Banksy Designed a Line of T-Shirts to Raise Money for Protesters Accused of Toppling a Statue of Slave Trader Edward Colston

The “Colston Four” are charged with criminal damage to public property.

Banksy's t-shirt design for the Colston Four. Image courtesy @banksy.
Banksy's t-shirt design for the Colston Four. Image courtesy @banksy.

Banksy released a limited-edition run of t-shirts this weekend to raise funds for four protesters facing trial this week over damage to a controversial statue in Bristol last year.

The protesters have been charged with criminal damage for their role in bringing down a statue of Edward Colston, a 17th-century merchant who profited from the trade in enslaved people, and dunking it in a harbor.

“Next week the four people charged with pulling down Colston’s statue in Bristol are going on trial,” the artist, who is from Bristol, wrote on Instagram on Saturday. “I’ve made some souvenir shirts to mark the occasion.”

The gray t-shirts say “Bristol” above a depiction of the empty plinth where the statue formerly stood. Below it are debris, the rope used to pull it down, and discarded sign from the Black Lives Matter demonstration when it was toppled.

 

 

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The shirts, which are already sold out, were priced at £25 ($34) and available at various places around the city. The artist said that all proceeds from the sales would go to the defendants “so they can go for a pint.”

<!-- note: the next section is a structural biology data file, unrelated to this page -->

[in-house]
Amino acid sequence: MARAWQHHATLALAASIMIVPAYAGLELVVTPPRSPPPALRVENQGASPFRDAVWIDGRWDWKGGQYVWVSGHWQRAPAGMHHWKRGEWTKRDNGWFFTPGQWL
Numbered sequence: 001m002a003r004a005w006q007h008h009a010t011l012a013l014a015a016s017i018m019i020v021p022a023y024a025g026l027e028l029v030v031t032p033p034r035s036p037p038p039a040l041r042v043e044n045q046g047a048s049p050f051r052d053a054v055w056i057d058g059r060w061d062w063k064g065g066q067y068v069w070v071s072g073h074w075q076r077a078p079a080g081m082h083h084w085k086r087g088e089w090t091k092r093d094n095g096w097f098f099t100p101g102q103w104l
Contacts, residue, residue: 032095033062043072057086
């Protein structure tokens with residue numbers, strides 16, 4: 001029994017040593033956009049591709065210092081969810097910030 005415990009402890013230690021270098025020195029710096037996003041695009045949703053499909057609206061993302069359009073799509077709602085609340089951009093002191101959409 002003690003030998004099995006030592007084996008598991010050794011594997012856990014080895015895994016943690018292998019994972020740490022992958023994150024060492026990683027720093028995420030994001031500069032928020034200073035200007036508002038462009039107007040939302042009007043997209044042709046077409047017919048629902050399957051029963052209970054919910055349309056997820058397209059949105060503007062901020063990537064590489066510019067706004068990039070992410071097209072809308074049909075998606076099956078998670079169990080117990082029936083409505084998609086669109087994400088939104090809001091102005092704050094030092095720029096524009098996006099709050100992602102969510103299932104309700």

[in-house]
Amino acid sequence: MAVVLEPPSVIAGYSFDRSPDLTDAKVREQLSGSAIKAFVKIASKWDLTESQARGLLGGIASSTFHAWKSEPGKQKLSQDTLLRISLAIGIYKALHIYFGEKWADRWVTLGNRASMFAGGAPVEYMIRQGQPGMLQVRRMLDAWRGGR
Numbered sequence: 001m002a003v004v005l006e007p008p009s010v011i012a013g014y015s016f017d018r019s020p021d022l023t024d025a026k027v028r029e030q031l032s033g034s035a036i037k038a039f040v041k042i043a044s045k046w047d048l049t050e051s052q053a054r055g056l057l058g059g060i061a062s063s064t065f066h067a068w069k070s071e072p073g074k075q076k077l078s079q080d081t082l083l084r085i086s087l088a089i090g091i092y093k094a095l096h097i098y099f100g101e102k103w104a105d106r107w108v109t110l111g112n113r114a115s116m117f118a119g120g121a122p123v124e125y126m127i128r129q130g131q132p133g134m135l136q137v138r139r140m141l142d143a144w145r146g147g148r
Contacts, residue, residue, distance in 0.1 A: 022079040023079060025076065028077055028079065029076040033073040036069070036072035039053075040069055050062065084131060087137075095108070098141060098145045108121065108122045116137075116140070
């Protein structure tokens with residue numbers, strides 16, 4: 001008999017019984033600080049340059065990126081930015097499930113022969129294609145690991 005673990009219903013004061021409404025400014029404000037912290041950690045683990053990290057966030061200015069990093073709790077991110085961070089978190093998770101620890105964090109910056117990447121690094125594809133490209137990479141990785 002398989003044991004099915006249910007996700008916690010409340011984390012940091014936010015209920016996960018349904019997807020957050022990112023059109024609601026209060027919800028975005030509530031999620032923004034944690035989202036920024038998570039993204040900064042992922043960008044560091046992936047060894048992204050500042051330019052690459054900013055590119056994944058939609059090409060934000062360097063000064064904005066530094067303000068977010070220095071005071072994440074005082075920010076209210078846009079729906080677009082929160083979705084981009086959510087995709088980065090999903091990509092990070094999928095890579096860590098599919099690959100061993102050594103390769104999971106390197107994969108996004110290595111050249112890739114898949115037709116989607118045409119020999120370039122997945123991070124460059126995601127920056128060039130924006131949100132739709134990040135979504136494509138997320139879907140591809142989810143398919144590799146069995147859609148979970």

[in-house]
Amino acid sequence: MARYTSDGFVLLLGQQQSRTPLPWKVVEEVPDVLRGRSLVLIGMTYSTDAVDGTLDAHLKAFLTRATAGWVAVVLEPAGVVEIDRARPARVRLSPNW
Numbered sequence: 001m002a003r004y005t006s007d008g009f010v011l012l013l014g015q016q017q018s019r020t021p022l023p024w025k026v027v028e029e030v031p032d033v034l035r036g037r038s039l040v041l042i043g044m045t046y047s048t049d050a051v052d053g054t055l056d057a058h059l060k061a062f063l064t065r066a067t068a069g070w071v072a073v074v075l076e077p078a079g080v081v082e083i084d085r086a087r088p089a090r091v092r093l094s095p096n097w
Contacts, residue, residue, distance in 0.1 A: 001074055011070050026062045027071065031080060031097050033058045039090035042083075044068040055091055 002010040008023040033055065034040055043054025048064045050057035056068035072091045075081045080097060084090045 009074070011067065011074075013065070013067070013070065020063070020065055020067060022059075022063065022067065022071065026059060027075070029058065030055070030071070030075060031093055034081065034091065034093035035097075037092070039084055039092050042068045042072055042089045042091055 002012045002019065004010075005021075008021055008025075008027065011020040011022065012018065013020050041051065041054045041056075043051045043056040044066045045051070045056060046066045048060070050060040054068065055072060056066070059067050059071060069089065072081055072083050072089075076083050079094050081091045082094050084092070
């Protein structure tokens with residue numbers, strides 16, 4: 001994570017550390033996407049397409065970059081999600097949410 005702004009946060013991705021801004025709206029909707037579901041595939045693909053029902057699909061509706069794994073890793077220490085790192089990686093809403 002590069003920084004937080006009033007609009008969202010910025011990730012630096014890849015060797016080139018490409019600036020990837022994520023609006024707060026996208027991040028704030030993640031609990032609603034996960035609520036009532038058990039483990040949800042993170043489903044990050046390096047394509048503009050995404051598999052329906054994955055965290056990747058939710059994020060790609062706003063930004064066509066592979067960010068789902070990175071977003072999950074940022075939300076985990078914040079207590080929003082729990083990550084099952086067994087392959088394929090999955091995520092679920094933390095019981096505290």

The toppling of the Colston monument was a key inflection point in the debate raging in the U.K. over what figures should be celebrated in public spaces. Many demonstrators have demanded that the government remove monuments of figures who were involved in the country’s colonial exploits, and replace them with statues celebrating a more diverse array of people. 

While the Colston statue was brought down by a large group during the protest, just four people have been charged in connection to the event.

Aged between 21 and 36, the “Colston Four,” as they are known, are Rhian Graham, Jake Skuse, Sage Willoughby, and Milo Ponsford. All face trial for criminal damage to public property. They have all pleaded not guilty and will stand trial this month at Bristol crown court. 


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